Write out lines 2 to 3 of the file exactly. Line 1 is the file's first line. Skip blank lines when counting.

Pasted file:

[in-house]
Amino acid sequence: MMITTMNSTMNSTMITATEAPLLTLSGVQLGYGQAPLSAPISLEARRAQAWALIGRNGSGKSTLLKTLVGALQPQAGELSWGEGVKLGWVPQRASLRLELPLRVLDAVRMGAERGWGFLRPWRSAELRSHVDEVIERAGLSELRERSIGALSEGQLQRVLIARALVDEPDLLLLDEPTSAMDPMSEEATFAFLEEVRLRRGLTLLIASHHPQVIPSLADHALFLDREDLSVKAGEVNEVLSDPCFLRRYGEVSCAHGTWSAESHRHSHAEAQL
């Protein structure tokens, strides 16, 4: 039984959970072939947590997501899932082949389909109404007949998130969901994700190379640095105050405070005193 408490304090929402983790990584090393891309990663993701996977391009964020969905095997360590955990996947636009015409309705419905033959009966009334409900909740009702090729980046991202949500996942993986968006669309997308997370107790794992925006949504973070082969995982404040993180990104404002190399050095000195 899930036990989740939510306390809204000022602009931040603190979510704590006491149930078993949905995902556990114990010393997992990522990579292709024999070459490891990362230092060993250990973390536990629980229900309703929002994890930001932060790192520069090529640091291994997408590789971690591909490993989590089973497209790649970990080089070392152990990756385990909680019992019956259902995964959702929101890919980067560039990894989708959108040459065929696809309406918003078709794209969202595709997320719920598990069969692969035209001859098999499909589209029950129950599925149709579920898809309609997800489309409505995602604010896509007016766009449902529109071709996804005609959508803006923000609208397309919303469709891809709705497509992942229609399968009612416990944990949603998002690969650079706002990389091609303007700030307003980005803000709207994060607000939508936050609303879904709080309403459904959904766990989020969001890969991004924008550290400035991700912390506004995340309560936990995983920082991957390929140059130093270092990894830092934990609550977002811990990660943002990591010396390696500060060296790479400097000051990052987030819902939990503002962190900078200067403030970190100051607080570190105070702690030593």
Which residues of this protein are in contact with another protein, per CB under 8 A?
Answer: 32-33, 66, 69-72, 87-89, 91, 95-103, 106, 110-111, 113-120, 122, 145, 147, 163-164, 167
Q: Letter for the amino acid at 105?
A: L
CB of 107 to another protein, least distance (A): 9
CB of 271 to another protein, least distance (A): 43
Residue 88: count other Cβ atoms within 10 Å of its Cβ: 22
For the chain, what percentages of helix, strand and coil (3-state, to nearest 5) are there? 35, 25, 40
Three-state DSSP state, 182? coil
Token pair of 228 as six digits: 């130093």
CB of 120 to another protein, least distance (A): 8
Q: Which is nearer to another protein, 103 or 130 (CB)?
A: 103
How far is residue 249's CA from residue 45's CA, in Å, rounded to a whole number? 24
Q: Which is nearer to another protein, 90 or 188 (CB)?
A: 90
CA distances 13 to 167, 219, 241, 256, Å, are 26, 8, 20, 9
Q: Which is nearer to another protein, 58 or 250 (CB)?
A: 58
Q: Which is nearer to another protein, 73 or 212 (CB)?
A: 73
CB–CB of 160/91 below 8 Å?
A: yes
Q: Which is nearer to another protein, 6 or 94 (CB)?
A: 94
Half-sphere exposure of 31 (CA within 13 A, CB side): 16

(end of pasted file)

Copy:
Amino acid sequence: MMITTMNSTMNSTMITATEAPLLTLSGVQLGYGQAPLSAPISLEARRAQAWALIGRNGSGKSTLLKTLVGALQPQAGELSWGEGVKLGWVPQRASLRLELPLRVLDAVRMGAERGWGFLRPWRSAELRSHVDEVIERAGLSELRERSIGALSEGQLQRVLIARALVDEPDLLLLDEPTSAMDPMSEEATFAFLEEVRLRRGLTLLIASHHPQVIPSLADHALFLDREDLSVKAGEVNEVLSDPCFLRRYGEVSCAHGTWSAESHRHSHAEAQL
């Protein structure tokens, strides 16, 4: 039984959970072939947590997501899932082949389909109404007949998130969901994700190379640095105050405070005193 408490304090929402983790990584090393891309990663993701996977391009964020969905095997360590955990996947636009015409309705419905033959009966009334409900909740009702090729980046991202949500996942993986968006669309997308997370107790794992925006949504973070082969995982404040993180990104404002190399050095000195 899930036990989740939510306390809204000022602009931040603190979510704590006491149930078993949905995902556990114990010393997992990522990579292709024999070459490891990362230092060993250990973390536990629980229900309703929002994890930001932060790192520069090529640091291994997408590789971690591909490993989590089973497209790649970990080089070392152990990756385990909680019992019956259902995964959702929101890919980067560039990894989708959108040459065929696809309406918003078709794209969202595709997320719920598990069969692969035209001859098999499909589209029950129950599925149709579920898809309609997800489309409505995602604010896509007016766009449902529109071709996804005609959508803006923000609208397309919303469709891809709705497509992942229609399968009612416990944990949603998002690969650079706002990389091609303007700030307003980005803000709207994060607000939508936050609303879904709080309403459904959904766990989020969001890969991004924008550290400035991700912390506004995340309560936990995983920082991957390929140059130093270092990894830092934990609550977002811990990660943002990591010396390696500060060296790479400097000051990052987030819902939990503002962190900078200067403030970190100051607080570190105070702690030593």